• Linda Henson, active in SpotON3D
  • Martine Goossens, also known as “10 Gooson” of M&M Creations, active in Second Life, InWorldz, and SpotON3D
  • Marc Goossens, also known as “Marcthur Gooson” of M&M Creations, active in  Second Life, InWorldz, and SpotON3D
  • “Ixmal Supermarine,” active in Second Life and SpotON3D
  • “Francisco Koolhoven,” active in Second Life, Island Oasis and SpotON3D
  • Anna Sawers, also known as “Kitteh Noir” and “Kyoto Ying,” active in Second Life, IMVU and SpotON3D



Michael Sietz

Michael Sietz started his career as a virtual content creator by making animations in Second Life with the help of Linda Kellie, with whom he co-founded Lotsa Balls. He is also the founder of Ball Mart, which has had a presence on four different grids. Sietz is currently CFO of Digital Worlds Group LLC, which builds re-creations of historic sites for local, national and international ministries of history, tourism and education.

38 Responses

  1. v@tgib.co.uk' Vanish says:

    So… what is it that you *do*?

  2. Gaga says:

    Hey Michael. Looking at the roll call of names up there I rather suspect it is SpotON building up a postion from which to strike back at the Open Metaverse community. Maybe a witch hunt to root out suspected piracy Master minded from SpotON HQ. Please assure me this is not your intention and do explain why SpotON should take a lead in this given that they are not exactly a part of the Opensim community and have taken from it without giving anything back other than patent threats and general grief of late. Do you honestly expect me or anyone in the rest of the FREE Metaverse to buy this from a grid that is not just a walled garden but has been set up as a walled Metaverse indeed?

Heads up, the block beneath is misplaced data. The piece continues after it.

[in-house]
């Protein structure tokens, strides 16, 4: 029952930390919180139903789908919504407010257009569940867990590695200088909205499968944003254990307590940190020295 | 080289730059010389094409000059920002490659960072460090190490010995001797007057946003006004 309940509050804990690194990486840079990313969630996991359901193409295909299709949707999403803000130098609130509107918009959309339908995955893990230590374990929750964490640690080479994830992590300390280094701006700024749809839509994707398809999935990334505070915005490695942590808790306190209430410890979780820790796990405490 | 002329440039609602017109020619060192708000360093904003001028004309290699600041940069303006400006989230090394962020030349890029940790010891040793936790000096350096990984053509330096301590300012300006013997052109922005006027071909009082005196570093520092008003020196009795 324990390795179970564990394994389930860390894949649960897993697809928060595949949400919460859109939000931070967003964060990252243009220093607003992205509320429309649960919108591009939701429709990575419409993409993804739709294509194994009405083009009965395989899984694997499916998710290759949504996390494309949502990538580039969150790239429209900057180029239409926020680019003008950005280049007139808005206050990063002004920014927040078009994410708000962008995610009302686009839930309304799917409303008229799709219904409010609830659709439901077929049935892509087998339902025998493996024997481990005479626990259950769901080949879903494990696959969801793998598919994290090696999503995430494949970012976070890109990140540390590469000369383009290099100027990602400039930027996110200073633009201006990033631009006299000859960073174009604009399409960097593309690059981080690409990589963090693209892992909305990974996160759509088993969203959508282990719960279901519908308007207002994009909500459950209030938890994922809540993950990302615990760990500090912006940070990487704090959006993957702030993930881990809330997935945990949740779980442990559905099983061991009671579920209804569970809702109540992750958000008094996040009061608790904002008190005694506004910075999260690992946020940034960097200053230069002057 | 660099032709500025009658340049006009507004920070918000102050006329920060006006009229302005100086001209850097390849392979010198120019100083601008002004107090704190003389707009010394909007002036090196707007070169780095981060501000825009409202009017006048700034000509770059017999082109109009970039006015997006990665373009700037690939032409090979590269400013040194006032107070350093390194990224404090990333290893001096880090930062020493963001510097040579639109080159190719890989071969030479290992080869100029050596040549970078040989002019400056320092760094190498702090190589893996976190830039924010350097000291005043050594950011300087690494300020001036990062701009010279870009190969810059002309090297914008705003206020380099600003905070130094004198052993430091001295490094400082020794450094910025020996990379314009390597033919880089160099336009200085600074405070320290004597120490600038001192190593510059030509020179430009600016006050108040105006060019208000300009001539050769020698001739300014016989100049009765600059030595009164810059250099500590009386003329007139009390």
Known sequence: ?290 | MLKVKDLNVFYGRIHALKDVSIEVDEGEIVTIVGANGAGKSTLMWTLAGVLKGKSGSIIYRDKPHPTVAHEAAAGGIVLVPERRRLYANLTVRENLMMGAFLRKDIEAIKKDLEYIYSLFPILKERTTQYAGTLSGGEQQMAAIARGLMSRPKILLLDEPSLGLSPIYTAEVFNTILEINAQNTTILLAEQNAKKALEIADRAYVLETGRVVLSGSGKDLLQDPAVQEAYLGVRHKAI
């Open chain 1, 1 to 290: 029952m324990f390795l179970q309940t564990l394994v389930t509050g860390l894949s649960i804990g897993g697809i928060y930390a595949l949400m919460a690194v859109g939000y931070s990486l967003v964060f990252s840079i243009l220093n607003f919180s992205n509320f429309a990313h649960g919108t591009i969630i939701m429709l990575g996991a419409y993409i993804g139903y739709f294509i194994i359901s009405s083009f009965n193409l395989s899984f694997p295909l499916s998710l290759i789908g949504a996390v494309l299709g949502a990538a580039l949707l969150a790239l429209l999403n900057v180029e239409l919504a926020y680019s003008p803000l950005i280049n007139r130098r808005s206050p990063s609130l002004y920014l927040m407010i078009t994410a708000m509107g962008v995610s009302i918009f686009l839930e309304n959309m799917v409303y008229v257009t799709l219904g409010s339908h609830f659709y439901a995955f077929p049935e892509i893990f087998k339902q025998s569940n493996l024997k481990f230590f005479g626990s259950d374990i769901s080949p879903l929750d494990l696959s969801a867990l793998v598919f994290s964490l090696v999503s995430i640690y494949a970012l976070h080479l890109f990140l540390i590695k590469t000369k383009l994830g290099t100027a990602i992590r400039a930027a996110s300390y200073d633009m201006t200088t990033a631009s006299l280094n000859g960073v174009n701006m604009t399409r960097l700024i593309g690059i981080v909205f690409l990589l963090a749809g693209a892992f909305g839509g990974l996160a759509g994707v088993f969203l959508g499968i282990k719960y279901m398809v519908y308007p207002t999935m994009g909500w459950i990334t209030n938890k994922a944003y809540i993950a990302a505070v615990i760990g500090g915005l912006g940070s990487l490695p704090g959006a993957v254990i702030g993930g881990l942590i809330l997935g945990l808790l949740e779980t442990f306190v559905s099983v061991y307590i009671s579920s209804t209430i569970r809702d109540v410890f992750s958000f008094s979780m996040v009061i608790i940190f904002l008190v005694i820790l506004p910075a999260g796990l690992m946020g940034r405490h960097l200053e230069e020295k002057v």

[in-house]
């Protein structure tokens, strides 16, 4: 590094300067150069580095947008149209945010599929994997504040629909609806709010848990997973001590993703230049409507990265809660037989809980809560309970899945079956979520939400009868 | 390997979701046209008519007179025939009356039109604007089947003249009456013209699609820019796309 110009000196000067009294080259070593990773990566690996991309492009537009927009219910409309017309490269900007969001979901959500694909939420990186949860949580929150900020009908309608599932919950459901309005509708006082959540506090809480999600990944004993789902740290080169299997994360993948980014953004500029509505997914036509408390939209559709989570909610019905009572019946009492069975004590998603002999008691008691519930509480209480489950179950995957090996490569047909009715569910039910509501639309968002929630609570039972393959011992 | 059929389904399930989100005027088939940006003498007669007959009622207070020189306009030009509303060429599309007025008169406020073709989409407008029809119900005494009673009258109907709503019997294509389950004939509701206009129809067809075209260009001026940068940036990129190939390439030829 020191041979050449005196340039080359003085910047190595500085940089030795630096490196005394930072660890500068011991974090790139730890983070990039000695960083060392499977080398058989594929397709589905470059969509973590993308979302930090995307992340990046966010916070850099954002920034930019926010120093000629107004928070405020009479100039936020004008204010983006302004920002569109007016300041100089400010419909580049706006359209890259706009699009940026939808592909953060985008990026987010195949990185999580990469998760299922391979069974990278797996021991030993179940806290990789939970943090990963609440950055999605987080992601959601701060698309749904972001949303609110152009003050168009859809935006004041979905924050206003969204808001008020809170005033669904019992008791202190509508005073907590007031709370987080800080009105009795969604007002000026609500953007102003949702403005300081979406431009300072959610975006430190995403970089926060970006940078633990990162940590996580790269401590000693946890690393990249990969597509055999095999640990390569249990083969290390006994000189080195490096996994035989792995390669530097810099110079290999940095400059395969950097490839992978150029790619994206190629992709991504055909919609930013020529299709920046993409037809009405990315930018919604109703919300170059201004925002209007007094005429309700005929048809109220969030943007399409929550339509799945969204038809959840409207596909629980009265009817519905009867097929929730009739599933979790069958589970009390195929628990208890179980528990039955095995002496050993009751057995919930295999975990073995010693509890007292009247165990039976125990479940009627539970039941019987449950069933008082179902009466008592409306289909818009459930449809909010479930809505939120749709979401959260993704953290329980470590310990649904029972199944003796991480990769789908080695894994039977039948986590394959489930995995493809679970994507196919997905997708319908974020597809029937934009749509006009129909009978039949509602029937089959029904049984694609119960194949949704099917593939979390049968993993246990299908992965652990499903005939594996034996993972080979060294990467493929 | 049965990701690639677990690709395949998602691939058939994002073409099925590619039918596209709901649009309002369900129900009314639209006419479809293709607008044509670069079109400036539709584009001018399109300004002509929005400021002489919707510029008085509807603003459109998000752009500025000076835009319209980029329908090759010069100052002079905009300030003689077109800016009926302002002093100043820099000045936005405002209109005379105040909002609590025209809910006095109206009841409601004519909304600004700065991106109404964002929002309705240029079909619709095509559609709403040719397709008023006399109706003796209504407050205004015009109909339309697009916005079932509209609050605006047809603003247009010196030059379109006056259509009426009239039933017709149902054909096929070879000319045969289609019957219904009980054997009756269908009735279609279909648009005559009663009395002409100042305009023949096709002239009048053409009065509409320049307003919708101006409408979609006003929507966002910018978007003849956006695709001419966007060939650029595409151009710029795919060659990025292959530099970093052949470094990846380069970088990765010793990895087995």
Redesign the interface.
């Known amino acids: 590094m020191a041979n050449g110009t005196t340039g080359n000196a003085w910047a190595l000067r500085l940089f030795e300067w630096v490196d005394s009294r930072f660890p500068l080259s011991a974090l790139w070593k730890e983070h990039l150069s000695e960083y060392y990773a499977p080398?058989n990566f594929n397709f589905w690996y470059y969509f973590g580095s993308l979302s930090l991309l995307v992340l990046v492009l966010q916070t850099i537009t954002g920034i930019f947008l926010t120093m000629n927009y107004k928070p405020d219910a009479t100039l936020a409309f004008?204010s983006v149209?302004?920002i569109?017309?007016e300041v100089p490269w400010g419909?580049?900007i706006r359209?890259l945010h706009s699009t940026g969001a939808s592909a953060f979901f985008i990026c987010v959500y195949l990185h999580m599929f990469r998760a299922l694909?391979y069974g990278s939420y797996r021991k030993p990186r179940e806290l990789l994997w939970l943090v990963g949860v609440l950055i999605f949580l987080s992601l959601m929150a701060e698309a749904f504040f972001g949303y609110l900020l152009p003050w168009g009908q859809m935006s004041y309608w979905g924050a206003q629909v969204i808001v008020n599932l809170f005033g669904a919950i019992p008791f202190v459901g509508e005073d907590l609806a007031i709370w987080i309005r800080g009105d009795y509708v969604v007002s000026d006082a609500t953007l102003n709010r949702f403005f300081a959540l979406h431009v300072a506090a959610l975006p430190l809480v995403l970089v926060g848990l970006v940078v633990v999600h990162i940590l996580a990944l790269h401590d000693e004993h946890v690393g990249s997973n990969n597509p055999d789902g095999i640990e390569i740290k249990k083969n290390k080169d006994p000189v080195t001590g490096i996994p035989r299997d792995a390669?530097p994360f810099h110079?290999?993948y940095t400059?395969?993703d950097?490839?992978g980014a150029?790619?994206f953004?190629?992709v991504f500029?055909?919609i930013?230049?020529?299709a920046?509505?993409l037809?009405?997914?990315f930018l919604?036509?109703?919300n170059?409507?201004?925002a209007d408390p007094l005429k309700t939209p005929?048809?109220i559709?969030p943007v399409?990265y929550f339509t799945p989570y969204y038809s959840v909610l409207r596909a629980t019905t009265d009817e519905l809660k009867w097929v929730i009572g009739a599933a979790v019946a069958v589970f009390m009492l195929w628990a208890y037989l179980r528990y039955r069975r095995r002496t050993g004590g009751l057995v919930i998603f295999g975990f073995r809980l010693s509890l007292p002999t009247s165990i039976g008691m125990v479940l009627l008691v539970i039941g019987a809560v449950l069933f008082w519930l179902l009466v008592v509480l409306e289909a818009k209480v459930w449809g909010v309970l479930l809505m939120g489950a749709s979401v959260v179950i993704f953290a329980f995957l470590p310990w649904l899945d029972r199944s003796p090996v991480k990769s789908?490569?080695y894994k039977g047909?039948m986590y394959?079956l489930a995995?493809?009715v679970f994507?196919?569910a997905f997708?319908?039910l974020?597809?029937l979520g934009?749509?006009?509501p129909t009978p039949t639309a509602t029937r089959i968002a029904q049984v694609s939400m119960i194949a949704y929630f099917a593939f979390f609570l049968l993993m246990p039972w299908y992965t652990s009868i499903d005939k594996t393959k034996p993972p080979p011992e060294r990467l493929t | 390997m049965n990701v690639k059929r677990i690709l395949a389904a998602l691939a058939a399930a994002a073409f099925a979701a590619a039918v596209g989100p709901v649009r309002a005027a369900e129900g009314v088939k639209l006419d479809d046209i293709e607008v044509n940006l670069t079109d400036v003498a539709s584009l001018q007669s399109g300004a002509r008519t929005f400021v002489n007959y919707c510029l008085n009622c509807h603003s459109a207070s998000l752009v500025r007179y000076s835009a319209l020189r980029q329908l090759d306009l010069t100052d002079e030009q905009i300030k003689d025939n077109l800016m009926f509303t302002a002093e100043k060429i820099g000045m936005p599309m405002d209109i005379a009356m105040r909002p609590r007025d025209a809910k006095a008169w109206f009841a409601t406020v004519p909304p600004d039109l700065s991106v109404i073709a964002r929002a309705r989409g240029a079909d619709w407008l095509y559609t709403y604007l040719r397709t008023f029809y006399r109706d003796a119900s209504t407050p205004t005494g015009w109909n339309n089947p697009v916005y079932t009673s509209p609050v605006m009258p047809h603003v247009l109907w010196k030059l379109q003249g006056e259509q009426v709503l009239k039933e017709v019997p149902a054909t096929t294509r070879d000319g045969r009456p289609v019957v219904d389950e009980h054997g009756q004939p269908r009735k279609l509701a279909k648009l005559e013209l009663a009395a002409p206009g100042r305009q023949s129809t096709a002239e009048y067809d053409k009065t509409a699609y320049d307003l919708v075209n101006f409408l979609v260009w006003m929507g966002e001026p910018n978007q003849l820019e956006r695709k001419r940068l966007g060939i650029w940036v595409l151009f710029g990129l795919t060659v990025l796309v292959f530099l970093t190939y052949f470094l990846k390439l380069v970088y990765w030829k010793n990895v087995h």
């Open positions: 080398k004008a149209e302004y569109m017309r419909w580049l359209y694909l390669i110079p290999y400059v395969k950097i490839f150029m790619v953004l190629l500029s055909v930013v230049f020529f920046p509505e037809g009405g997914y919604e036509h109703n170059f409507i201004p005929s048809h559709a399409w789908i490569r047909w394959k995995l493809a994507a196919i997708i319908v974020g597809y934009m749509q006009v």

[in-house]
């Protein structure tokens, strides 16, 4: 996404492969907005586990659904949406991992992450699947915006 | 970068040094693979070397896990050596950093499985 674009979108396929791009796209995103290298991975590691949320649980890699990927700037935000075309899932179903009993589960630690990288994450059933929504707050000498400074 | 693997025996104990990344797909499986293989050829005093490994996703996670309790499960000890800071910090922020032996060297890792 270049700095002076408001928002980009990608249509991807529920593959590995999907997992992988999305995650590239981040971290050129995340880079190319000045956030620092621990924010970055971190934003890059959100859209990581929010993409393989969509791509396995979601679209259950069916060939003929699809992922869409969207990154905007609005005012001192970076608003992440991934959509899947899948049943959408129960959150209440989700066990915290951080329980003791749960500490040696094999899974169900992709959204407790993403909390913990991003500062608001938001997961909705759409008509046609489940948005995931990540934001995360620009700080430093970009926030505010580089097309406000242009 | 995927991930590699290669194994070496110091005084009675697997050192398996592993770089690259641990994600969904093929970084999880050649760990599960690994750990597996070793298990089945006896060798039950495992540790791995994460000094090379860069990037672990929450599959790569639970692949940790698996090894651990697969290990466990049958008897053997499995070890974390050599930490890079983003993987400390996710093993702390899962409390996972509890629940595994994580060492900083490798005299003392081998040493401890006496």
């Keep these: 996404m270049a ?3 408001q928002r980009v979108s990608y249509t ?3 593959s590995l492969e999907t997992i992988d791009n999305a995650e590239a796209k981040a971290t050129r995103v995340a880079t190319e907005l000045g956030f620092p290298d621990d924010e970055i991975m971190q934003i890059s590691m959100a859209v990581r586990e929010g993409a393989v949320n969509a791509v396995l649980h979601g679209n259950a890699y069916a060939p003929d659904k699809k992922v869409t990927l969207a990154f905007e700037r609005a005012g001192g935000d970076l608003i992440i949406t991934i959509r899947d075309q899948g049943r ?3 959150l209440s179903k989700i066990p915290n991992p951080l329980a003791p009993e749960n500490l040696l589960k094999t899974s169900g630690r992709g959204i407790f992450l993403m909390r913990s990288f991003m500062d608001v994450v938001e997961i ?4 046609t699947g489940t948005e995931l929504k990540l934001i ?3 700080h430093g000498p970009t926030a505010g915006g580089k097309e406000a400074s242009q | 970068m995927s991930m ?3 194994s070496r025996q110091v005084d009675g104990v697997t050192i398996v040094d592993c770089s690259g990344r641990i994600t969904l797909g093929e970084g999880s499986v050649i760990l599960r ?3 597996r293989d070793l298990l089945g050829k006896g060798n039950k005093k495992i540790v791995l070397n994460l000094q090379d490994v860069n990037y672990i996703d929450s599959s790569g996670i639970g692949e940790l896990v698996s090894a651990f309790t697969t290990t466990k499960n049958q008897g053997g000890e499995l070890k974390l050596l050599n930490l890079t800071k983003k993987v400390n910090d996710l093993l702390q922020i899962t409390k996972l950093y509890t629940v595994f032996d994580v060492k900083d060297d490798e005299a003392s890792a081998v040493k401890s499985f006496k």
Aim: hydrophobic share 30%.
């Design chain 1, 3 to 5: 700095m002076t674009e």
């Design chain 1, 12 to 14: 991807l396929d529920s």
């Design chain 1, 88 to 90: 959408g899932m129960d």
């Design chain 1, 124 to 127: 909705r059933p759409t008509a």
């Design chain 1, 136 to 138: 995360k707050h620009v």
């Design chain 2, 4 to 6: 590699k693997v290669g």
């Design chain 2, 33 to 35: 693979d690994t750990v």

• creatorsunionprez@gmail.com' Michael Sietz says:

      I make and sell animations on more than one grid. I don’t work FOR SO3D. Honestly I would much rather chase LL down for their “equal Claim” to intellectual property after charging for uploads, land, advertising and then the exchange. I have no sights set on Free grids. I appreciate the free society. I am a child of free love and free stores in the 60’s. I view Open sim much like the communes of the day. As far as the patents, that is SO3D’s attempt to protect an overlay on the opensim platform not opensim itself. There is no way they could show a case for patent on opensim. And for quite some time SO3D was not allowed to give anything back as they were also in development of a viewer. I hope that sets your mind a bit at ease. Great Comment though

    • creatorsunionprez@gmail.com' Michael Sietz says:

      Lets keep in mind too that I only included the first 5 members, all people that I work with daily. People that also have a presence on other closed grids. As a footnote, the Content Creators Union is about the creators, so may well go up against SO3D. Who can say what tomorrow will bring.